UPDATE: Friday, May 19 at 5 p.m. EST

Disclaimer: The following information might be disturbing to some. 

The police report concerning Chris Cornell's death this week has now been obtained by The Detroit News. The report uncovers more details about the scene, including the fact that Cornell was found, by a bodyguard, slumped on the bathroom floor of his Detroit hotel room "with blood running from his mouth and a red exercise band around (his) neck."

The musician was pronounced dead at 1:30 a.m. on May 18, local time. Vicky Cornell, Chris Cornell's wife, was concerned about her husband and told the bodyguard, Martin Kirsten, to check on him after she last spoke with the Soundgarden frontman, recalling that he sounded "groggy and just kept saying, 'I am just tired,' and hung up the phone."

Reportedly, Kirsten was last in Cornell’s hotel room at the MGM Grand Hotel around 11:30 p.m. on Wednesday night, helping the musician with his computer. The Detroit News states that Kirsten then gave Cornell two Ativan pills, "which victim takes for anxiety," as outlined in the police report.

As mentioned below, a statement issued by Vicky Cornell and attorney Kirk Pasich previously disclosed Chris Cornell's use of the drug Ativan, with Pasich alluding to its role in the Audioslave singer's untimely death. "The family believes that if Chris took his life, he did not know what he was doing, and that drugs or other substances may have affected his actions," the statment said.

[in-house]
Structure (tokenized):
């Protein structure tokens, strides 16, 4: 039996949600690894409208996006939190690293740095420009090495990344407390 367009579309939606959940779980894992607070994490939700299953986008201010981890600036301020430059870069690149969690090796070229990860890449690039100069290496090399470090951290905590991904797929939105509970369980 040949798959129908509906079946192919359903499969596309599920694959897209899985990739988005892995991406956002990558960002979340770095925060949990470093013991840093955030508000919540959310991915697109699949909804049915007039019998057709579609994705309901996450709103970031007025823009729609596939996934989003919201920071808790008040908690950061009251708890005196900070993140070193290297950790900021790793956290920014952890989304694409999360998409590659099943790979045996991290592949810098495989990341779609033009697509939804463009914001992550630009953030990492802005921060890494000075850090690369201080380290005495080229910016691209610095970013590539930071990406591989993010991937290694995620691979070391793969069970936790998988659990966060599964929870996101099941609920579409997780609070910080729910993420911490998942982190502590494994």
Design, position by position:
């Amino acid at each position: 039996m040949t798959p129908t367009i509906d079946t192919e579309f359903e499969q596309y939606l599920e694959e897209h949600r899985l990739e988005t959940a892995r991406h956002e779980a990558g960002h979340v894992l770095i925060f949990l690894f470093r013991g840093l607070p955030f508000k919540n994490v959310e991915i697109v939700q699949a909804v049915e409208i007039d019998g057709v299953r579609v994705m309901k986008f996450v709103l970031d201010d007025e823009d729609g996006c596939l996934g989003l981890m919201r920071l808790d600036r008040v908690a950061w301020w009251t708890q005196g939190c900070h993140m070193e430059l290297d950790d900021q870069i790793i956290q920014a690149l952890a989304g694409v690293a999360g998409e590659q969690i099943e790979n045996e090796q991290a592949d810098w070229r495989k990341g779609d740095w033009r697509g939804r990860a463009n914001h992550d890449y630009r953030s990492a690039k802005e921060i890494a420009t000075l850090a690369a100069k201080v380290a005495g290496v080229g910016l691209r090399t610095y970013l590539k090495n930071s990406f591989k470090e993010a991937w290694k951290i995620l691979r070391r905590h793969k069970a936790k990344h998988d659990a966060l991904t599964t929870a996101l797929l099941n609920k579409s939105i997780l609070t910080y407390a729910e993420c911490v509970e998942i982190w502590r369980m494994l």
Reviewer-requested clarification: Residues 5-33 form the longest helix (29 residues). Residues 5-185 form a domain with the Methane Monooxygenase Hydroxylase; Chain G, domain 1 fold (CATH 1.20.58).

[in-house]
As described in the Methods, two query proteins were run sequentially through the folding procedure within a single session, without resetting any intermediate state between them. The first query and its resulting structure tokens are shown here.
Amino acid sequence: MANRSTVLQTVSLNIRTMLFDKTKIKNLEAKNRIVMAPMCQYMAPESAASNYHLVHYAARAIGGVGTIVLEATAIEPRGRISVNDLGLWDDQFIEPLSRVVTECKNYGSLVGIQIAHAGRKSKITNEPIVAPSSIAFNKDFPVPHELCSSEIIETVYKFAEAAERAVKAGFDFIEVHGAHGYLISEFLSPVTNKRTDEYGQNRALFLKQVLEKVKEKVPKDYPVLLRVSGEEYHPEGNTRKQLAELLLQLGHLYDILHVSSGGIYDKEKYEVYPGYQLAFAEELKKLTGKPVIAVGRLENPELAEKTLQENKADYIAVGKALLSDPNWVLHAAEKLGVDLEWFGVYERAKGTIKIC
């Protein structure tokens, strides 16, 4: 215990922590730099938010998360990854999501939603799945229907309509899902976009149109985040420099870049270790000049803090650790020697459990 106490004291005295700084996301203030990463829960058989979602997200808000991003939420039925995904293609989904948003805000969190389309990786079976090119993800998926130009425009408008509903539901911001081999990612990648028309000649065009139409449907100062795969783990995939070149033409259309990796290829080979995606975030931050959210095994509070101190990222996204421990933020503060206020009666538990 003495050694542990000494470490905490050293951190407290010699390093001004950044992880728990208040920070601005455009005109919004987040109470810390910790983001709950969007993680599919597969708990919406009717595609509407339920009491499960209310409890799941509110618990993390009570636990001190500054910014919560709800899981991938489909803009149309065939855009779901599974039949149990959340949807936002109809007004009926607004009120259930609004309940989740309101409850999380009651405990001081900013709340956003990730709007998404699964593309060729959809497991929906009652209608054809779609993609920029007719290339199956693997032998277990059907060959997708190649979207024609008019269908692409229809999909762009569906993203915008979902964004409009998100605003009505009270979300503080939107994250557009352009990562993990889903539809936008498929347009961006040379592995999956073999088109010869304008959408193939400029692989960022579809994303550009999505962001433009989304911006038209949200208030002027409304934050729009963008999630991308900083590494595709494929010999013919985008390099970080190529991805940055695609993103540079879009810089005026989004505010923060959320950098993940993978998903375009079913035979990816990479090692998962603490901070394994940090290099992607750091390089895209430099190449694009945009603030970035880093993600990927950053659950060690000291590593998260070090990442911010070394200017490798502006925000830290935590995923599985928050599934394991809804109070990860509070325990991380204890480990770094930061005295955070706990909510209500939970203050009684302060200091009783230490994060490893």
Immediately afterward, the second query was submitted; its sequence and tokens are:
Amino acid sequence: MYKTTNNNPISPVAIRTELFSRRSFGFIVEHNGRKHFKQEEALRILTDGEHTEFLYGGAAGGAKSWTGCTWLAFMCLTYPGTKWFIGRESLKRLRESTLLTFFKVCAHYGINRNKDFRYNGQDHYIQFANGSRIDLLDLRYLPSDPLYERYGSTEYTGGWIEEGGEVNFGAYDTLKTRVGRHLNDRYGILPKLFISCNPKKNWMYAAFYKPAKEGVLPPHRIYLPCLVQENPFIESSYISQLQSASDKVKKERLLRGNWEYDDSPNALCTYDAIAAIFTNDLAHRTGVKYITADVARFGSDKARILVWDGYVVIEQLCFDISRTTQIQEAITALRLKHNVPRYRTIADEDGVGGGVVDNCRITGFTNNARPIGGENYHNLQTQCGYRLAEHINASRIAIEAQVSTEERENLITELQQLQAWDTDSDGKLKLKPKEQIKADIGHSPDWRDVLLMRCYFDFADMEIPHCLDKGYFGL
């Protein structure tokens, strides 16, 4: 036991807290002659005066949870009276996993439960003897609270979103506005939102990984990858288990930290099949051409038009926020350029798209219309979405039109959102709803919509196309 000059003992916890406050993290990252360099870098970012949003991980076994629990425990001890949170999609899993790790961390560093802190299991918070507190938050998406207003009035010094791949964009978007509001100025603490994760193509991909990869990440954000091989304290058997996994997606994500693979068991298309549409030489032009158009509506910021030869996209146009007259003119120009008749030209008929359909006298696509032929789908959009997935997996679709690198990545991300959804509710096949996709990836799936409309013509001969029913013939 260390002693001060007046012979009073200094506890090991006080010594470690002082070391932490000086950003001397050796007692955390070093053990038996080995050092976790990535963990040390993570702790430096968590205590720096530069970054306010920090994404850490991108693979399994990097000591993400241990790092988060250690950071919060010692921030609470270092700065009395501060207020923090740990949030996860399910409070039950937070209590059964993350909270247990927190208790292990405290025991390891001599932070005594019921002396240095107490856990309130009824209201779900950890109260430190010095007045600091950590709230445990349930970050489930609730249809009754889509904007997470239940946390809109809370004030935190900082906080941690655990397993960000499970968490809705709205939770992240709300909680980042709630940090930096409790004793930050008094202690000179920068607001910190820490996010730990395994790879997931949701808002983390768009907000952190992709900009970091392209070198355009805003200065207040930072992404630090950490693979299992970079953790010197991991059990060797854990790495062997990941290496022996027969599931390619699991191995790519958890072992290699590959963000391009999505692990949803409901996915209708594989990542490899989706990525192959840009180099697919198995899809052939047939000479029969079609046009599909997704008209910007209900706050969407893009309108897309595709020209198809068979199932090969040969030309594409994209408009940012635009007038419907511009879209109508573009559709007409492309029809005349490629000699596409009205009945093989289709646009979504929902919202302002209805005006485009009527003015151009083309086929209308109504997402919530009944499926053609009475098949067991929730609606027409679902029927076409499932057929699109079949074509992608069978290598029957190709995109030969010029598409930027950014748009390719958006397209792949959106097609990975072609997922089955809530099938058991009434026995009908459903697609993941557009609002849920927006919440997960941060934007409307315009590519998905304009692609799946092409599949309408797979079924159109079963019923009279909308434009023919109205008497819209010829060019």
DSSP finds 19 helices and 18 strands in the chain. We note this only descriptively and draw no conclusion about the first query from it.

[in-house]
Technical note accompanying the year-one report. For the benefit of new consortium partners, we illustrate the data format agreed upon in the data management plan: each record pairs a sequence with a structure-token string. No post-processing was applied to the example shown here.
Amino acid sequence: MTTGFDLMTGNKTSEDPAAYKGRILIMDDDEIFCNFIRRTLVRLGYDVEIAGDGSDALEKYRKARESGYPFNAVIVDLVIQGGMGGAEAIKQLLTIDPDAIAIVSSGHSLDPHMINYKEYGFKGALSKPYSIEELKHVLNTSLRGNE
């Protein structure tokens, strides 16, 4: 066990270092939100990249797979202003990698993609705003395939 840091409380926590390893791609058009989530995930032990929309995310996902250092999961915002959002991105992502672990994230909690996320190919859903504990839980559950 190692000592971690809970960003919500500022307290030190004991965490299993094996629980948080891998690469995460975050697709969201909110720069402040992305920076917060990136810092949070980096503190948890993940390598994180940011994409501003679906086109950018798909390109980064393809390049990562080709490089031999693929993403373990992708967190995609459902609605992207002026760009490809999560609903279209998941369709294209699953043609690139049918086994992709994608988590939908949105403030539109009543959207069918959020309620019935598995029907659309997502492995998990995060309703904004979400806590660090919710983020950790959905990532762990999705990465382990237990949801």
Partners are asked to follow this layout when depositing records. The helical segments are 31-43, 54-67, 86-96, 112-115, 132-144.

If you or someone you know is struggling with mental illness, there is help to be found.  Please consider these online resources and talk to your regular doctor about your symptoms:

MentalHealth.gov - Get Immediate Help

ImAlive - Online Crisis Network

International Association For Suicide Prevention - Resources

The Anxiety And Depression Association Of America

The National Alliance On Mental Illness

American Psychiatric Association - Finding Help

National Institute Of Mental Health

American Psychological Association - Psychologist locator

UPDATE: Friday, May 19 at 10:22 a.m. EST

Chris Cornell's wife, Vicky Cornell, is now disputing the idea that Cornell took his own life in a new statement. You can read her complete statement below, via Pitchfork:

"Chris’s death is a loss that escapes words and has created an emptiness in my heart that will never be filled. As everyone who knew him commented, Chris was a devoted father and husband. He was my best friend. His world revolved around his family first and of course, his music, second. He flew home for Mother’s Day to spend time with our family. He flew out mid-day Wednesday, the day of the show, after spending time with the children. When we spoke before the show, we discussed plans for a vacation over Memorial Day and other things we wanted to do. When we spoke after the show, I noticed he was slurring his words; he was different. When he told me he may have taken an extra Ativan or two, I contacted security and asked that they check on him. What happened is inexplicable and I am hopeful that further medical reports will provide additional details. I know that he loved our children and he would not hurt them by intentionally taking his own life.

The outpouring of love and support from his fans, friends and family means so much more to us than anyone can know. Thank you for that, and for understanding how difficult this is for us."